An authentic recipe for old-fashioned beanhole beans from NH’s logging-camp days, adapted for the home oven.
By Yankee Magazine
Aug 25 2022
Tom’s beans, inspired by North Woods recipes, call for plenty of seasoning and maple syrup.Photo Credit : Matt Kalinowski
Beanhole beans, or beans-in-the-ground, are Tom Curren’s specialty: 25 pounds of beans baked the way they were in the logging camps of the Great North Woods, where they had no ovens. Here’s a scaled-down version of Tom’s recipe for beanhole beans, adapted for your home oven. This recipe still makes a generous amount, but the beans freeze beautifully.
LEARN MORE:Tom Curren | Best Cook
2 pounds dried beans, preferably local
6 ounces salt pork, cut into 1/2-inch cubes
1 ham hock (optional)
1-1/4 cups dark (Grade B) maple syrup
1 large onion, quartered
1 tablespoon kosher or sea salt
1-1/2 teaspoons ground ginger
1-1/2 teaspoons dry mustard
3/4 teaspoon freshly ground black pepper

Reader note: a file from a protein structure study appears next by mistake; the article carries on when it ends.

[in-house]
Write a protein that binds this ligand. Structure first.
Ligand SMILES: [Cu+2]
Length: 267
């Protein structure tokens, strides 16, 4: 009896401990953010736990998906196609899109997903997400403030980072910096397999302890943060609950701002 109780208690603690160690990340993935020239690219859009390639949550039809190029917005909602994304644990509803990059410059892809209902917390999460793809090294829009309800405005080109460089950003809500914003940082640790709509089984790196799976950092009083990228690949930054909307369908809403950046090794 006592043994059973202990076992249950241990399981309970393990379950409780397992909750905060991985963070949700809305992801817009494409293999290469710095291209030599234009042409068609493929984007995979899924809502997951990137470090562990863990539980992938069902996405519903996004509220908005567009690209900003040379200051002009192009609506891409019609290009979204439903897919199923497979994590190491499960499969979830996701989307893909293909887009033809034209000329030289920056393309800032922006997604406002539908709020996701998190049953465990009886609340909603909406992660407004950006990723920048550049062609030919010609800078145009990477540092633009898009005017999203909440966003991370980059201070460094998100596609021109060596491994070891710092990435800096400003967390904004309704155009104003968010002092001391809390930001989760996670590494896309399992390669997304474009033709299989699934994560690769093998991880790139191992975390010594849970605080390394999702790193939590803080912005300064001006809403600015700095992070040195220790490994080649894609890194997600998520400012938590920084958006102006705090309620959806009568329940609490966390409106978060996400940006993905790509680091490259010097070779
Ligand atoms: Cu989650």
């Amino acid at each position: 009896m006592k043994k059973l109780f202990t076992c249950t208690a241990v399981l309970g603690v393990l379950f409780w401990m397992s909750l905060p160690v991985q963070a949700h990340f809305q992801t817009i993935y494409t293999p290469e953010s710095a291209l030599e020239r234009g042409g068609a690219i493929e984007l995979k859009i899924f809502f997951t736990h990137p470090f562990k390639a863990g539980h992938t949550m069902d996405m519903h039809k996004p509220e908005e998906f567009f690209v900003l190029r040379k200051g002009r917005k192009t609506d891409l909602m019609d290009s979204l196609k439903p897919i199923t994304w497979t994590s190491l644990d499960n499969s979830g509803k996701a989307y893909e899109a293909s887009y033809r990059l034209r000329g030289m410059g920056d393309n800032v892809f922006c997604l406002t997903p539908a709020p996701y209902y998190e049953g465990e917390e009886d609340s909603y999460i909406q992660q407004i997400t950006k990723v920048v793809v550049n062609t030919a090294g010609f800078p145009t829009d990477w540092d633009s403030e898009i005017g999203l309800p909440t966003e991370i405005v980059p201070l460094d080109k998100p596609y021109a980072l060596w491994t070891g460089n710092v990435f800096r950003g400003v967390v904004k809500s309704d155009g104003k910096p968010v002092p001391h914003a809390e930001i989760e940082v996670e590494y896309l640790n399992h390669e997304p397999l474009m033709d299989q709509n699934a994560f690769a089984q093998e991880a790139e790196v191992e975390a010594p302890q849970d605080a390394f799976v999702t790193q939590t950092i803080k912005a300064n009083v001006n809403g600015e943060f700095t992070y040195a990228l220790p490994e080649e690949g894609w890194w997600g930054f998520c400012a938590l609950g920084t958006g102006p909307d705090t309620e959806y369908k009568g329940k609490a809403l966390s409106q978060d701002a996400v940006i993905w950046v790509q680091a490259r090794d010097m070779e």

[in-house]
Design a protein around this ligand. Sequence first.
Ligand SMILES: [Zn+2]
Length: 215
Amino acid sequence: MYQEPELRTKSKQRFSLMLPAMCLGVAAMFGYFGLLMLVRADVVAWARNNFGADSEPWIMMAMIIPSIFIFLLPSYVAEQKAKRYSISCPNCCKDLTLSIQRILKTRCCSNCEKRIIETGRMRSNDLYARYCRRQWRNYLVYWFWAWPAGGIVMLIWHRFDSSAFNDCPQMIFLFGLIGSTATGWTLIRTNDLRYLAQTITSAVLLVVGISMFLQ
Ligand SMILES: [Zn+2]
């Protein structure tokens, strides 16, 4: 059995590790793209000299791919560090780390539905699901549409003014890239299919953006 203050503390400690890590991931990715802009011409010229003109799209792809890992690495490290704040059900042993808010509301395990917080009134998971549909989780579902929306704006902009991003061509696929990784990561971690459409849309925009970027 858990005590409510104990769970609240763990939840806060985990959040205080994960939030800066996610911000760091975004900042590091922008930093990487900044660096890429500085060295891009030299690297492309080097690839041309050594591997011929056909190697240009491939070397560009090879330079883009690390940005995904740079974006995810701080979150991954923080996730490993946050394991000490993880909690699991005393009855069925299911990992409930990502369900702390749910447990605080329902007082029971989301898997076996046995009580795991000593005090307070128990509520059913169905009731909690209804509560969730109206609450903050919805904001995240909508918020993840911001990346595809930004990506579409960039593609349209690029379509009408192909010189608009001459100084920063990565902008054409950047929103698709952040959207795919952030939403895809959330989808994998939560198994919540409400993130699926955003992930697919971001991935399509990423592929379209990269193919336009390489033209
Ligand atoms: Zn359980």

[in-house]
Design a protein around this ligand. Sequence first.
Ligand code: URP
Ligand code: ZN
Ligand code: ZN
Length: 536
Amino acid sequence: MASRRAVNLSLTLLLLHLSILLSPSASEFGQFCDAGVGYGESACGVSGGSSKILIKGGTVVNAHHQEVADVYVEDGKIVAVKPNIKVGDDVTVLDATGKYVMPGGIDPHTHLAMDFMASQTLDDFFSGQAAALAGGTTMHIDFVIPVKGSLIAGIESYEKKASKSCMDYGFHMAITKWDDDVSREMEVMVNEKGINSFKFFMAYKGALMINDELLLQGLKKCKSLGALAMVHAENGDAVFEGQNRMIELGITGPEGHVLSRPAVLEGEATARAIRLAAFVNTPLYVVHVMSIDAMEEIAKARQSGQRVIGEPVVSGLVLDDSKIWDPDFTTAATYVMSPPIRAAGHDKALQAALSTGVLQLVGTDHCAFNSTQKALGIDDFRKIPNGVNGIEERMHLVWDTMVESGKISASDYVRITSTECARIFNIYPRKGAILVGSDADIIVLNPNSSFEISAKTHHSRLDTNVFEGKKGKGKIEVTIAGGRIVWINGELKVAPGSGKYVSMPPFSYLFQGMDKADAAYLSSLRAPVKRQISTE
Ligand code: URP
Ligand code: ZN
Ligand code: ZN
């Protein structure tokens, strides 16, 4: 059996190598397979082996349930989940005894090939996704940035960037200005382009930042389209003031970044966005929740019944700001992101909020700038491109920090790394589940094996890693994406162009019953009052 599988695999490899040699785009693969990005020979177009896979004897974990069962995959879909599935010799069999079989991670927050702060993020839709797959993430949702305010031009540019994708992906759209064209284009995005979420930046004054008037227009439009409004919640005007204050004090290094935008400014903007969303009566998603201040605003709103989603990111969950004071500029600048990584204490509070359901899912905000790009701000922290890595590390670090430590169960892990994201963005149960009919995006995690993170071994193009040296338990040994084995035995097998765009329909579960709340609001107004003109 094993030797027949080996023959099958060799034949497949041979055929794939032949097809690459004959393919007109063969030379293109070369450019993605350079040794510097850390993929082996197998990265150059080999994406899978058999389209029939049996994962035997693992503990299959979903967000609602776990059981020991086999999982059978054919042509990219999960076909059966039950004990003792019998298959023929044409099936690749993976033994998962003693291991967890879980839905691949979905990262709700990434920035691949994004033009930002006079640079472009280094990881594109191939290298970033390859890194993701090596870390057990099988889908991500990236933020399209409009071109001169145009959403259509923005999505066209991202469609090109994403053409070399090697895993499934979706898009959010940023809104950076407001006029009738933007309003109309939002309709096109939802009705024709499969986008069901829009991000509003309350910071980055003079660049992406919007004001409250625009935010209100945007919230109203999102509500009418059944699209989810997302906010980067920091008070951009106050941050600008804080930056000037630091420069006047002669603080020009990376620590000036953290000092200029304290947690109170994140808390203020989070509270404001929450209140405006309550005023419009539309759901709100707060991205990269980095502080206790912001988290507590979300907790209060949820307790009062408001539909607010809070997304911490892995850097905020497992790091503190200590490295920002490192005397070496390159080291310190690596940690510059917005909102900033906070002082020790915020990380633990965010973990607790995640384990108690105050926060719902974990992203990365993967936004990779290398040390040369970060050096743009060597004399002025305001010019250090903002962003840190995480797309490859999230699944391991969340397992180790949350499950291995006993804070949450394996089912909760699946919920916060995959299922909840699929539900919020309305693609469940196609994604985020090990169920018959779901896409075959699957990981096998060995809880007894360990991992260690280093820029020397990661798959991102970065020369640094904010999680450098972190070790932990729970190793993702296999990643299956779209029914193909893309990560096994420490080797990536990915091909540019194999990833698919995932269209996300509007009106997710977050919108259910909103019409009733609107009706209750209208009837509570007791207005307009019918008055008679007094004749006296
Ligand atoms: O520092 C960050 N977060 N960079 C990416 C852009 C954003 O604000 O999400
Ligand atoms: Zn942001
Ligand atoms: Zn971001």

1/2 teaspoon dried thyme
The night before you cook the beans, give them a rinse and put them in a large bowl with enough water to cover by 3 inches. Soak them 10 to 12 hours; add more water as needed toward the end of soaking. When the beans are done soaking, drain well.
Put the beans in a 4- to 5-quart pot with enough water to cover by 1 to 2 inches. Set over high heat and bring to a boil; then reduce the heat to a low simmer and skim the foam off the surface. Simmer the beans gently, adding water as needed, until the skins crack when you blow on them, 45 to 60 minutes.
When the beans are done, remove from the heat and drain. Preheat your oven to 250° and bring a medium-size pot of water to a simmer. Return the beans to the 4- to 5-quart pot and add the salt pork, ham hock (if using), maple syrup, and onion. Stir; then add the salt, ginger, mustard, pepper, and thyme, and stir. Add enough hot water to cover the beans by 1 inch.
Cover the pot and transfer to the oven. Bake until the beans are soft and sweet, 4½ to 6 hours total, checking regularly and adding water as needed to keep the beans from getting dry. The finished beans should be tender, not mushy or soupy.